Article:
The recent frequency of the German word Versorgungssicherheit (supply security) shows that Germans are worried about insufficient stocks. During the epidemic, Germans were worried about toilet paper supplies, recently they’ve switched to energy, and now even wood.

There are signs that Germans are hoarding wood in the mid-summer of nearly 40 degrees Celsius. German households may switch to wood for heating this winter as natural gas supplies remain tight, Deutsche Bank said in a recent report. Another statistics shows that in the first quarter of this year, the trade volume of German timber increased by nearly 25%, of which sawn timber increased by 23% and panel materials increased by 32%.

Nearly half of homes in Germany are heated by natural gas, which has been in short supply, soaring prices and unpredictable prospects since the Russian-Ukrainian conflict. From October this year, Germany will impose a heating surcharge, and natural gas prices are expected to rise further. Calculated for a family of four, the annual increase is about 500 euros. In this case, heating with wood is much cheaper.

German gas prices to triple early next year  

There are worries that there is an imminent surtax on new gas-heated households. German Economy Minister Habeck announced at the end of July that from October this year, the tax will be levied between 0.015 and 0.05 euros per kilowatt-hour, and the lower limit is the annual increase of nearly 500 euros calculated above. However, if calculated at the highest rate of 0.05 euros, the annual extra gas bill for a family of four may increase by nearly 1,000 euros. According to German statistics, the average annual consumption of natural gas by a German household is about 20,000 kWh.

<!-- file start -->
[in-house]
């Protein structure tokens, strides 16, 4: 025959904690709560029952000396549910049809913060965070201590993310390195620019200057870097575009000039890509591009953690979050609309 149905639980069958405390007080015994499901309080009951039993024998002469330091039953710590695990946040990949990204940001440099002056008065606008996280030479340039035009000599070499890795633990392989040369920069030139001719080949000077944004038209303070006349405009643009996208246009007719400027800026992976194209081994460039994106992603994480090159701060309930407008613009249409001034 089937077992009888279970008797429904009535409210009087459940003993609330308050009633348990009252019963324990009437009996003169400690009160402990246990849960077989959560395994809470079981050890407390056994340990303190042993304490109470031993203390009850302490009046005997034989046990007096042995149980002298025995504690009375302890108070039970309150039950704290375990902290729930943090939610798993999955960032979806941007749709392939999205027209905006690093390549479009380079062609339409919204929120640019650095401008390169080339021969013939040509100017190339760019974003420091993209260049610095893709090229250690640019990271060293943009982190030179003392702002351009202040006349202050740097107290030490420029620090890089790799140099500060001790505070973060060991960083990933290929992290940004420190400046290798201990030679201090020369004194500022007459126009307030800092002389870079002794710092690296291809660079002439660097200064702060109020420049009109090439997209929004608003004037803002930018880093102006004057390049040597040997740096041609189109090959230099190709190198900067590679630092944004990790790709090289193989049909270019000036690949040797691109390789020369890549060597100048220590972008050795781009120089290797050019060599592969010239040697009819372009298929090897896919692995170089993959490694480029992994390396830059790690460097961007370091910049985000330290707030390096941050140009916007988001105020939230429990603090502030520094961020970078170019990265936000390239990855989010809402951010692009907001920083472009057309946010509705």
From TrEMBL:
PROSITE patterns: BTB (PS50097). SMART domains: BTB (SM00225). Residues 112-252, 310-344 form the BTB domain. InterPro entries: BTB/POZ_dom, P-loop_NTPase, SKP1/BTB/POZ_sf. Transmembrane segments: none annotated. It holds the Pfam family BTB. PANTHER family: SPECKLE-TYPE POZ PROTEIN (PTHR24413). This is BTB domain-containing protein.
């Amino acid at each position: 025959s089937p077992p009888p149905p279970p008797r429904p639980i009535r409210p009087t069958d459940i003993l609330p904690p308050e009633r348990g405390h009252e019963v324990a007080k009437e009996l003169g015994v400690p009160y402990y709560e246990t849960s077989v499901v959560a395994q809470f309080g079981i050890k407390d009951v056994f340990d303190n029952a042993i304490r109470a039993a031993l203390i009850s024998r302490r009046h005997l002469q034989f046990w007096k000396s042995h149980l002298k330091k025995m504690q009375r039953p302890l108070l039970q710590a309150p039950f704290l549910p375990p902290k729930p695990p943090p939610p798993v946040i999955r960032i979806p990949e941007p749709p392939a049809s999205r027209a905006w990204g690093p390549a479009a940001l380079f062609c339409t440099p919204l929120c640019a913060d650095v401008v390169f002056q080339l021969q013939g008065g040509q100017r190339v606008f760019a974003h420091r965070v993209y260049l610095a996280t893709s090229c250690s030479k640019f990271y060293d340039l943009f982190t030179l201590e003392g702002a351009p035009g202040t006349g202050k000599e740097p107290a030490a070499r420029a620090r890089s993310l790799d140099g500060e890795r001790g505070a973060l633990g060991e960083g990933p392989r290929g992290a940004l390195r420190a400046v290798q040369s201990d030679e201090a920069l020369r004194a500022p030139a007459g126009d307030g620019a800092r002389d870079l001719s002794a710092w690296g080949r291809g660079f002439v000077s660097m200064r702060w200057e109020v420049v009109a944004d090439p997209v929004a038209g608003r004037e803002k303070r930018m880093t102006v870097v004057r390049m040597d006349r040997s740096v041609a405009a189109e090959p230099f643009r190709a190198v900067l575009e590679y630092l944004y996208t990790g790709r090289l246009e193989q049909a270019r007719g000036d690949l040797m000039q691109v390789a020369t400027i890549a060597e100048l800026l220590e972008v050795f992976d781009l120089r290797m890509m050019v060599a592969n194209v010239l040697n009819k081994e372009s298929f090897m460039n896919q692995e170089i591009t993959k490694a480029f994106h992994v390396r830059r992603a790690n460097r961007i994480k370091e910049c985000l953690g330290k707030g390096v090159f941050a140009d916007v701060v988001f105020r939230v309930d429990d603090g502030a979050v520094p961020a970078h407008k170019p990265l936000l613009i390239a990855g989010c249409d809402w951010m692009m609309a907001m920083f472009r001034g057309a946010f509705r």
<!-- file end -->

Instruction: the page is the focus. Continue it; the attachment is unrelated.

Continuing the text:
Klaus Müller, head of Germany’s energy regulator, the Federal Network Agency, believes that natural gas prices could triple by early 2023.

Prices are soaring and supply is not necessarily stable. Since July 27, Gazprom has reduced the supply of natural gas to Germany through the “Nord Stream 1” natural gas pipeline to 20% of the original gas transmission volume, while German domestic analysis generally believes that Germany Before November 1, I am afraid it will not be able to reach the previously set gas storage target of more than 90%, and even the current level of 68% is difficult to maintain.

Prof. Dr. Karen Pittel, director of the Energy, Climate and Resource Center of the German Ifo Institute for Economic Research said that whether the roadmap for gas storage in Germany can be realized depends largely on the natural gas imported from Russia. If Russia continues to send sufficient quantities of natural gas to Germany, the storage target is expected to be achieved.

The German government is now promoting a goal of “cutting natural gas consumption by 20% to ensure winter”. On the 1st, the EU began to implement a voluntary natural gas reduction agreement, that is, EU member states will reduce their natural gas demand by 15% on the basis of the average amount of the past five years from August 1 to March 31, 2023. . Germany, as a big natural gas consumer, has also set a target that surpasses that of the European Union.